So, a compressor will be essential to store (and reproduce) more significant sounds without distorting. Making sure nothing goes over it, and making sure every sound that we want to hear is pushed forward enough within the absolute limit.

A compressor’s main purpose is to reduce the Amplitude (level) of a sound during its lifetime.

You can think of it as a fader or volume control, but one that is automatic and can act extremely quickly, reducing the level of the sound at various phases, depending on a few parameters…

Evening out levels

This can be very useful for sounds that vary a lot, like a vocal for example… It’s not unusual for a vocal to have a lot of variation in amplitude, even during of one single vocal line. For example, look at this vocal take:

Compression here is going to help evening out the performance by lowering the highest parts (the peaks) … Once everything is at a similar level we can then make the whole thing louder and upfront as it should be in a song.

If we tried to raise the level of this sequence as a whole, to bring out the lowest parts, the highest parts would go over the limit of 0 dB, so they would be clipped and distort (the nasty sort of distortion). By first lowering the highest part (evening out the whole sequence) with a compressor, we can then raise the level of the sequence without going over the limit and without distortion!

This is the typical and simplest way to use a compressor. And it’s used A LOT during the mixing phase.

Fattening a sound

Now, another way to use a compressor will be to even out the difference between the attack and the sustain inside a single sound/a single note (not a whole performance like above), making it appear “fatter”. How so?

Remember that a compressor can act very very fast (some modern compressors can see the peaks before they even appear and play – it’s called look-ahead -, and they can react in mere nanoseconds), so it can act during the lifetime of a single note at a time, and this is where it will be used to alter the sound and make it fatter.

Let’s see how this goes. First, you need to understand one of the main parameters of a compressor which is its threshold. The threshold is the volume level over which a compressor will start acting. The picture below should tell you what a threshold is:

Everything that is over the threshold will be processed by the compressor. Everything under it will stay untouched. So, with the threshold parameter, we can tell the compressor which parts it should work (reduce) on and which ones it should leave alone.

Let’s have look at a typical snare hit before compression:

If we were trying to make this snare hit louder as it is, it could go over 0 dB which is not desirable.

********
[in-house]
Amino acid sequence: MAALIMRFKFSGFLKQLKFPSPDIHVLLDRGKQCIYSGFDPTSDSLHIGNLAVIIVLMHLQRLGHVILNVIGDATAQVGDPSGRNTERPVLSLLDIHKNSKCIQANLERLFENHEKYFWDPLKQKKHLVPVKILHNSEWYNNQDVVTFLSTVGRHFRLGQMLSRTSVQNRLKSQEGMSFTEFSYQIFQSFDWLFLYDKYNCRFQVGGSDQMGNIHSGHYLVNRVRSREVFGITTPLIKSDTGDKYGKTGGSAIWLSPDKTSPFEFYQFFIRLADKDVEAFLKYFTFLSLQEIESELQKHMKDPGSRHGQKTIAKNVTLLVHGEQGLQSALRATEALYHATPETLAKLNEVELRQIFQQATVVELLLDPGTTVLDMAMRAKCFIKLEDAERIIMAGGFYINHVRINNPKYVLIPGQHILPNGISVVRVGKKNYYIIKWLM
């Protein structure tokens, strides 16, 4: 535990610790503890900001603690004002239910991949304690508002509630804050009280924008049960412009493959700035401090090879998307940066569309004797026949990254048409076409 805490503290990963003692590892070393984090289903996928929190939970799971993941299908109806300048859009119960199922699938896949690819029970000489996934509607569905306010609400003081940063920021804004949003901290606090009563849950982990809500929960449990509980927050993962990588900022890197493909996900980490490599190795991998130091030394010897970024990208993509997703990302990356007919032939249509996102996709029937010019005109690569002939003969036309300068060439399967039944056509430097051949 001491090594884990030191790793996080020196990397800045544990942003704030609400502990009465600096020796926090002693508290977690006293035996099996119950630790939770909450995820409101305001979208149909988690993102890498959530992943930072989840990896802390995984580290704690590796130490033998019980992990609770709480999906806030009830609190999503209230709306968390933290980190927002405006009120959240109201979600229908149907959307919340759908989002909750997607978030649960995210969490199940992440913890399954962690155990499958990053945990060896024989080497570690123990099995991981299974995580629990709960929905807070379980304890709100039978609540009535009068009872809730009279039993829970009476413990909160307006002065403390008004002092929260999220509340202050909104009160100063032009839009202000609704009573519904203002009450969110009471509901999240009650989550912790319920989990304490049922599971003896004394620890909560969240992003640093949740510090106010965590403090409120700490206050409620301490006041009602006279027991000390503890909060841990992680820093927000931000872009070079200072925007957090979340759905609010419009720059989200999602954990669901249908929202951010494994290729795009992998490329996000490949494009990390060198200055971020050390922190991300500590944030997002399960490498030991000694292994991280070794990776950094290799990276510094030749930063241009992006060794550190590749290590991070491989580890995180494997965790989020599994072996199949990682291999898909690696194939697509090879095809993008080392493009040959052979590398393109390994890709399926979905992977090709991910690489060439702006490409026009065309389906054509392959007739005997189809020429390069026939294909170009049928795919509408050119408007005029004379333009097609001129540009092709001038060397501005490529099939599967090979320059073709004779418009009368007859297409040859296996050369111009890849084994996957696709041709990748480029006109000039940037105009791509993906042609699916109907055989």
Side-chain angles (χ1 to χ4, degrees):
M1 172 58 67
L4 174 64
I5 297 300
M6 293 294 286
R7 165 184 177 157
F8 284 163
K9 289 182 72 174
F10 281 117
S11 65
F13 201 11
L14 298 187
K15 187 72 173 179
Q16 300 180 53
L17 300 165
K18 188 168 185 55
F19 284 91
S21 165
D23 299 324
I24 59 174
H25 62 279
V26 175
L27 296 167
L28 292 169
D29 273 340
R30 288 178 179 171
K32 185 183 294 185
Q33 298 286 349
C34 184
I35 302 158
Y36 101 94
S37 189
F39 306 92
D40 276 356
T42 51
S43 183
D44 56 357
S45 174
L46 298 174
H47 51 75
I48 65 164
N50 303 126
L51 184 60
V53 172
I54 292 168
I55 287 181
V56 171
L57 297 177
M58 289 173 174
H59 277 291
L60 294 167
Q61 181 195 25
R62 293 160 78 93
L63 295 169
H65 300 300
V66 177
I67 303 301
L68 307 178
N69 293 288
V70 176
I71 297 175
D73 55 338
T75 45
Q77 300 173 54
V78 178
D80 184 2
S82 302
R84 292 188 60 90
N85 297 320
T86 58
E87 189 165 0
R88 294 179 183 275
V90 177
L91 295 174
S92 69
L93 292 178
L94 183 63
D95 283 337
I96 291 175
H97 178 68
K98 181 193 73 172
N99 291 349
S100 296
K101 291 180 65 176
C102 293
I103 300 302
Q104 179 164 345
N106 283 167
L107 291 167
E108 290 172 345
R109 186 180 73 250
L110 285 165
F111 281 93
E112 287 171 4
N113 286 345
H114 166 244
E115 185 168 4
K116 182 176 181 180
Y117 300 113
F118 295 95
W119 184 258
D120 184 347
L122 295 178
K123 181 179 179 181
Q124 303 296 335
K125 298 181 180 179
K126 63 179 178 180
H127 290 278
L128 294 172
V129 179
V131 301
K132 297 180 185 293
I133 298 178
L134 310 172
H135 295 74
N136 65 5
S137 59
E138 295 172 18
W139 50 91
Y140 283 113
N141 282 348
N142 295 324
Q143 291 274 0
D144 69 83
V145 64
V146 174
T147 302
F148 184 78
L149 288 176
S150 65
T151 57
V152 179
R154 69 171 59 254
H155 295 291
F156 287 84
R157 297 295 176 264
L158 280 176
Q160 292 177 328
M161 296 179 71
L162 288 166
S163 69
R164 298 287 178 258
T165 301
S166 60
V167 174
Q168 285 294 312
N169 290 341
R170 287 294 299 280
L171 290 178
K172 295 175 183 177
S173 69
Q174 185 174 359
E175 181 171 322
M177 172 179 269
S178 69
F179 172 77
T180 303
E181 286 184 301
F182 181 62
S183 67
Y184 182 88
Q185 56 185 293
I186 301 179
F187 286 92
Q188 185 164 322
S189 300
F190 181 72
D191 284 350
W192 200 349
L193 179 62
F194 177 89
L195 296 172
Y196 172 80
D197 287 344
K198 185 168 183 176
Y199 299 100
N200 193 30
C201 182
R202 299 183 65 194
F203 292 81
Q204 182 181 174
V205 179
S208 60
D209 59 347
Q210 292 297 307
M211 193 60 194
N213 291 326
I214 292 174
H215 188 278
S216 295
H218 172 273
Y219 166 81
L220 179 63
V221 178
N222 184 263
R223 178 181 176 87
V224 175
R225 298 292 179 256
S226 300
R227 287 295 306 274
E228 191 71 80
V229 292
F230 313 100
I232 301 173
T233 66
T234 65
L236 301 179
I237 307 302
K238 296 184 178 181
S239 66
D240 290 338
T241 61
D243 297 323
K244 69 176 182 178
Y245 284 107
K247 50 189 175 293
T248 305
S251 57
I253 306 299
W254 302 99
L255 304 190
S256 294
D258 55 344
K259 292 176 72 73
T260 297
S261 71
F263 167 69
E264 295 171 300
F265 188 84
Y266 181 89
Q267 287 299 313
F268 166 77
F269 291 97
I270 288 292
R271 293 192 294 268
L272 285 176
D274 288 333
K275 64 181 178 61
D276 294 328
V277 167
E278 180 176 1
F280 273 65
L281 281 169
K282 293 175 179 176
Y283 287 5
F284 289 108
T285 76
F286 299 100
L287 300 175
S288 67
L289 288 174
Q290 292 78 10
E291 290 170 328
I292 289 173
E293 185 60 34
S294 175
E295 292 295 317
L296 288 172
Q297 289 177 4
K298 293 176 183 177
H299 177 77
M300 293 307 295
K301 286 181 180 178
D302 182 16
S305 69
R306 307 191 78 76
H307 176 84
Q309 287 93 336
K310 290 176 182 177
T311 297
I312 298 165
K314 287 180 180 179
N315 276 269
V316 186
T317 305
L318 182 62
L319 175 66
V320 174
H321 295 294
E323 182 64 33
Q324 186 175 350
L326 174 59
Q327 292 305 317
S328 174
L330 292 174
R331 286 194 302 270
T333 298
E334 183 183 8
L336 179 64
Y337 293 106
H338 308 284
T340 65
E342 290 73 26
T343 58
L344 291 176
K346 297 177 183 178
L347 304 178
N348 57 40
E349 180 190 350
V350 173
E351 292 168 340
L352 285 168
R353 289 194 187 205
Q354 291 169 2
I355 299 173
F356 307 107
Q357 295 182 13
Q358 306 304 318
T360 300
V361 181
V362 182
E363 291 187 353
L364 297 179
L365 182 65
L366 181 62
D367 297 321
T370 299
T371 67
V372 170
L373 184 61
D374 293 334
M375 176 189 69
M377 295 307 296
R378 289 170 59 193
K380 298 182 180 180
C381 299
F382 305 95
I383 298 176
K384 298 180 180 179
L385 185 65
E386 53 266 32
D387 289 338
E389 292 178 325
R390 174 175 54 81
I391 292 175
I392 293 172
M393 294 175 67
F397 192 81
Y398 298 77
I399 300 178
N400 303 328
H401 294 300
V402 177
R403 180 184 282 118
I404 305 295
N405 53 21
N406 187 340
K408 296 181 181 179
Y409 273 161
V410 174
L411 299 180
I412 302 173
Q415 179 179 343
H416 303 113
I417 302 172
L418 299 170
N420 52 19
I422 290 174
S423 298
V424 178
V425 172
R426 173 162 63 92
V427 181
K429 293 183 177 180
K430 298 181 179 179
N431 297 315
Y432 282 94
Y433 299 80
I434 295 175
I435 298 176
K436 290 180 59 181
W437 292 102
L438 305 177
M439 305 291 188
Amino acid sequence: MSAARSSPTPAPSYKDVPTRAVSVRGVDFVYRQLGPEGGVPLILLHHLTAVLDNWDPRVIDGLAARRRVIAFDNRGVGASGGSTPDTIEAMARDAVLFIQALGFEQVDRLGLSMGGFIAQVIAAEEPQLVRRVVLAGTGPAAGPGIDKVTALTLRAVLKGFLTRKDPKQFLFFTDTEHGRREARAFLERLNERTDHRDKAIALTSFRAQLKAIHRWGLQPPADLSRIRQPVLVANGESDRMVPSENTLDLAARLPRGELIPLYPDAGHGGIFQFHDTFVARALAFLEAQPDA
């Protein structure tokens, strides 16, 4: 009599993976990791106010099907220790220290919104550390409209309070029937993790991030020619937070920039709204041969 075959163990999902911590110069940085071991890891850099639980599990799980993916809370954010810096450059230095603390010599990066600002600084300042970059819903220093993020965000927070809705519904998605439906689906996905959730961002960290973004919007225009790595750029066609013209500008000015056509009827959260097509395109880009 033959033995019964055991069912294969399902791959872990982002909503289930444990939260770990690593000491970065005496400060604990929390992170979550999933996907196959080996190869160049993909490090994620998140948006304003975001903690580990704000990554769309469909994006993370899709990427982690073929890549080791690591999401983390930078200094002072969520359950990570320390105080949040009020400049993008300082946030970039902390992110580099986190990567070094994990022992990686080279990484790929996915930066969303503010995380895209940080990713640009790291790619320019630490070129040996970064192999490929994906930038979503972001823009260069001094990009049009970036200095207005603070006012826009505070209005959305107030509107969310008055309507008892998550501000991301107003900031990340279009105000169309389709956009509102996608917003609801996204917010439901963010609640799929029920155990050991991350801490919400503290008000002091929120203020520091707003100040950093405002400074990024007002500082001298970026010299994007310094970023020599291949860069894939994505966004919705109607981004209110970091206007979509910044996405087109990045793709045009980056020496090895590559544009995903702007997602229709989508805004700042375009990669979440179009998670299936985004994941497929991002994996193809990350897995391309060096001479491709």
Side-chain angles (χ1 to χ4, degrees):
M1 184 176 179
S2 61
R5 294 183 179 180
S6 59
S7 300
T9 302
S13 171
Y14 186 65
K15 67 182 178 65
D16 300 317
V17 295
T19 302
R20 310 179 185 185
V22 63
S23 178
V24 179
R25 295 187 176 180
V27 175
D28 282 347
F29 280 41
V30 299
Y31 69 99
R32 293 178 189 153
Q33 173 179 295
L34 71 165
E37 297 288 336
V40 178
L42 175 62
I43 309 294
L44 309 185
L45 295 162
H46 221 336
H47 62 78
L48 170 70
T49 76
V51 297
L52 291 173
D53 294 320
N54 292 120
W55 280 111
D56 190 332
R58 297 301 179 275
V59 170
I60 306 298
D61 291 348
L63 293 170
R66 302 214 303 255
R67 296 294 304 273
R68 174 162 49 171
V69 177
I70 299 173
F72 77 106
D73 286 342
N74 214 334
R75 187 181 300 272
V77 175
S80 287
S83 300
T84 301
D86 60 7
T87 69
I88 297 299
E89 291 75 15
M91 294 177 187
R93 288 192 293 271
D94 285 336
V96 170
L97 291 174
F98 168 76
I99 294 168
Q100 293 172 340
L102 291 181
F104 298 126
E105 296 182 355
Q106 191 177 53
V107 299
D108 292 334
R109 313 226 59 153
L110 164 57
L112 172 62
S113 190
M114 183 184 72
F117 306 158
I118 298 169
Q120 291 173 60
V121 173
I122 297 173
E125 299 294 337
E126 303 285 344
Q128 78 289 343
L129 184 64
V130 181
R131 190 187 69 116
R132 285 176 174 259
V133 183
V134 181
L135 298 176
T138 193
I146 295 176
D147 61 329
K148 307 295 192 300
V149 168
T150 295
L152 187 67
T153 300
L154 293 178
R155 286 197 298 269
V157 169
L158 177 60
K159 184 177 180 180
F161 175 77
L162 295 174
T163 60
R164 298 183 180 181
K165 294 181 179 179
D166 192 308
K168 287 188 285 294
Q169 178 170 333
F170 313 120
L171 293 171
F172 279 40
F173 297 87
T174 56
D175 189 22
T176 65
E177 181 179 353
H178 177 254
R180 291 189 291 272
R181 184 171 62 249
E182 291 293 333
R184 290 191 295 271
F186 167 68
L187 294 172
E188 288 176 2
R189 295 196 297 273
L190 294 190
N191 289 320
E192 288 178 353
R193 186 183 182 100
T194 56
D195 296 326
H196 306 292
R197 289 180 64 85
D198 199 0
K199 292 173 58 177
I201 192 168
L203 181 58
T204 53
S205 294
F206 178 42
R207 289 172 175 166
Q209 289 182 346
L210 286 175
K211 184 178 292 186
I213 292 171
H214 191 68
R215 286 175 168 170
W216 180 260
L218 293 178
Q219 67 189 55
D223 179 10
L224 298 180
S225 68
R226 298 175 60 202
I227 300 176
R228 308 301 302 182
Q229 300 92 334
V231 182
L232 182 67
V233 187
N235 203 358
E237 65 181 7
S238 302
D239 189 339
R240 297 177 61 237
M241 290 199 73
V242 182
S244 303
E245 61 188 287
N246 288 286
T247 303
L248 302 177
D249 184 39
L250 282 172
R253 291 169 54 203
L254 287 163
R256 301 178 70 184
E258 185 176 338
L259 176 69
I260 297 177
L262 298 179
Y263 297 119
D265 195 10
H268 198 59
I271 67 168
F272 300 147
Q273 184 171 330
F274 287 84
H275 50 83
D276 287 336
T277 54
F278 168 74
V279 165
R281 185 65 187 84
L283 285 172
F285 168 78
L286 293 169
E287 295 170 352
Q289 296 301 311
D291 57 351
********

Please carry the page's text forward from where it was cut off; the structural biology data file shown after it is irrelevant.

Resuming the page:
But if we apply a fast compression, we can reduce the attack peaks, like this:

You can see that the threshold was set so that the Attack of the snare was reduced relative to its sustain (which was left untouched). Now, because the attack has been reduced, we can actually make the whole sound louder and it will not distort. If we do so now (using another parameter of the compressor, called gain which is applied AFTER the reduction and will raise the overall output level), it will look like this:

The initial attack is back roughly to where it was, but notice that the sustain has been made louder, thus making the snare sound “fatter”!

Next time we’ll look at some other usage of a compressor and a few other parameters that are used to alter a sound, mainly attack time, release time and ratio. Then we’ll talk about limiting. And finally, we’ll talk about loudness, the loudness war and why it’s important to know about it. See you then!

Compression #3 - digital sound 

To understand one crucial role of compression, which is to avoid digital clipping, you also need to understand a little bit(!) how sound is stored and processed in digital land.

Then and now

In analog land, when music was stored on tape and vinyl, the sound waves were truly waves, and they were captured and played by components that could reproduce the air pressure that is truly the nature of sound. Waves were at the start, they were stored as waves and reproduced as waves…

The digital revolution has changed that. We are now storing sounds (and images and anything on a computer) as bits: 0s and 1s. There’s no real in between (at least until quantum computers are mainstream but that’s another story!)

Storing sound

The way a wave is stored on a computer is by cutting it into discrete pieces of information usually by grouping 8, 16, 24 or 32 (and even 64) bits together. These are called bytes and they can store a maximum range of information, no more, no less. For 8 bits, we can store 28 values, so between 0 and 255. For 16 bits, 216 so 0 to 65535, etc.